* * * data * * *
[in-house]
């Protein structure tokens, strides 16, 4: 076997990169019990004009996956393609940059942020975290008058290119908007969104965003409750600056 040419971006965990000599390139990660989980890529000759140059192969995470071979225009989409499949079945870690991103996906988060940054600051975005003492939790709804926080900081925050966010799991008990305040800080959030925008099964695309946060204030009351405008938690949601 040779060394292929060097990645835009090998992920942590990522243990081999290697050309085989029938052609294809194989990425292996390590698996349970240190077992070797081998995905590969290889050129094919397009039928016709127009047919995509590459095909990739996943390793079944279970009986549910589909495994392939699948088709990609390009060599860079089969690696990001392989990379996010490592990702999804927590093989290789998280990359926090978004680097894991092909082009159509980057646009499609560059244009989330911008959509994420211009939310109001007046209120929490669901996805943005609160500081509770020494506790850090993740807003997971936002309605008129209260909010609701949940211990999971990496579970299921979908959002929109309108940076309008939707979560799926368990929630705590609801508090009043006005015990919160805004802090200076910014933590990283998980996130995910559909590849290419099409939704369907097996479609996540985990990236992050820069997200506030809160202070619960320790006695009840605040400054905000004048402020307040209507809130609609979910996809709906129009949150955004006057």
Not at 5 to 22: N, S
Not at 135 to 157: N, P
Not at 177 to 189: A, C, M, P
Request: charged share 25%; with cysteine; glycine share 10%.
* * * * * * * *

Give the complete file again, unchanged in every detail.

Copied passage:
[in-house]
């Protein structure tokens, strides 16, 4: 076997990169019990004009996956393609940059942020975290008058290119908007969104965003409750600056 040419971006965990000599390139990660989980890529000759140059192969995470071979225009989409499949079945870690991103996906988060940054600051975005003492939790709804926080900081925050966010799991008990305040800080959030925008099964695309946060204030009351405008938690949601 040779060394292929060097990645835009090998992920942590990522243990081999290697050309085989029938052609294809194989990425292996390590698996349970240190077992070797081998995905590969290889050129094919397009039928016709127009047919995509590459095909990739996943390793079944279970009986549910589909495994392939699948088709990609390009060599860079089969690696990001392989990379996010490592990702999804927590093989290789998280990359926090978004680097894991092909082009159509980057646009499609560059244009989330911008959509994420211009939310109001007046209120929490669901996805943005609160500081509770020494506790850090993740807003997971936002309605008129209260909010609701949940211990999971990496579970299921979908959002929109309108940076309008939707979560799926368990929630705590609801508090009043006005015990919160805004802090200076910014933590990283998980996130995910559909590849290419099409939704369907097996479609996540985990990236992050820069997200506030809160202070619960320790006695009840605040400054905000004048402020307040209507809130609609979910996809709906129009949150955004006057």
Not at 5 to 22: N, S
Not at 135 to 157: N, P
Not at 177 to 189: A, C, M, P
Request: charged share 25%; with cysteine; glycine share 10%.